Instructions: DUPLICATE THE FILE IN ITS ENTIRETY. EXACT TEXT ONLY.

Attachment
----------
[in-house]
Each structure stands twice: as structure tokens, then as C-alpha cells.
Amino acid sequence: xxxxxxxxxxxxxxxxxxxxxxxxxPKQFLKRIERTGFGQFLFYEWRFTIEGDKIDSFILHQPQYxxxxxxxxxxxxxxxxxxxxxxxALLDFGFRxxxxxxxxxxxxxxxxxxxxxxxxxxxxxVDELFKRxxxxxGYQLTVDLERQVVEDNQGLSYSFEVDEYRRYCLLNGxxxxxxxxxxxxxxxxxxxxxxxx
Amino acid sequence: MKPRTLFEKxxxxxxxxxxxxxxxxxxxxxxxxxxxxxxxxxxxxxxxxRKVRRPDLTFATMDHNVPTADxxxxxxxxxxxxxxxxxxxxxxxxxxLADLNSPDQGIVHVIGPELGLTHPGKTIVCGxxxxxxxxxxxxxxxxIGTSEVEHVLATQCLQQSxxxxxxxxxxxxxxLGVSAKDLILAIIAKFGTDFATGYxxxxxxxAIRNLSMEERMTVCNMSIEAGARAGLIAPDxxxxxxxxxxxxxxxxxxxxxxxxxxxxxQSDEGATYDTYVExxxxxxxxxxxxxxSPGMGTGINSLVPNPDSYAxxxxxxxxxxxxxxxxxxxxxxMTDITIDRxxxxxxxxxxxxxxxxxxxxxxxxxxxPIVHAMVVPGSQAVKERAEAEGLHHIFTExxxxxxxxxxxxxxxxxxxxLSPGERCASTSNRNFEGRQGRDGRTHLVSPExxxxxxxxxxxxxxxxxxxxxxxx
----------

[in-house]
Each structure stands twice: as structure tokens, then as C-alpha cells.
Amino acid sequence: xxxxxxxxxxxxxxxxxxxxxxxxxPKQFLKRIERTGFGQFLFYEWRFTIEGDKIDSFILHQPQYxxxxxxxxxxxxxxxxxxxxxxxALLDFGFRxxxxxxxxxxxxxxxxxxxxxxxxxxxxxVDELFKRxxxxxGYQLTVDLERQVVEDNQGLSYSFEVDEYRRYCLLNGxxxxxxxxxxxxxxxxxxxxxxxx
Amino acid sequence: MKPRTLFEKxxxxxxxxxxxxxxxxxxxxxxxxxxxxxxxxxxxxxxxxRKVRRPDLTFATMDHNVPTADxxxxxxxxxxxxxxxxxxxxxxxxxxLADLNSPDQGIVHVIGPELGLTHPGKTIVCGxxxxxxxxxxxxxxxxIGTSEVEHVLATQCLQQSxxxxxxxxxxxxxxLGVSAKDLILAIIAKFGTDFATGYxxxxxxxAIRNLSMEERMTVCNMSIEAGARAGLIAPDxxxxxxxxxxxxxxxxxxxxxxxxxxxxxQSDEGATYDTYVExxxxxxxxxxxxxxSPGMGTGINSLVPNPDSYAxxxxxxxxxxxxxxxxxxxxxxMTDITIDRxxxxxxxxxxxxxxxxxxxxxxxxxxxPIVHAMVVPGSQAVKERAEAEGLHHIFTExxxxxxxxxxxxxxxxxxxxLSPGERCASTSNRNFEGRQGRDGRTHLVSPExxxxxxxxxxxxxxxxxxxxxxxx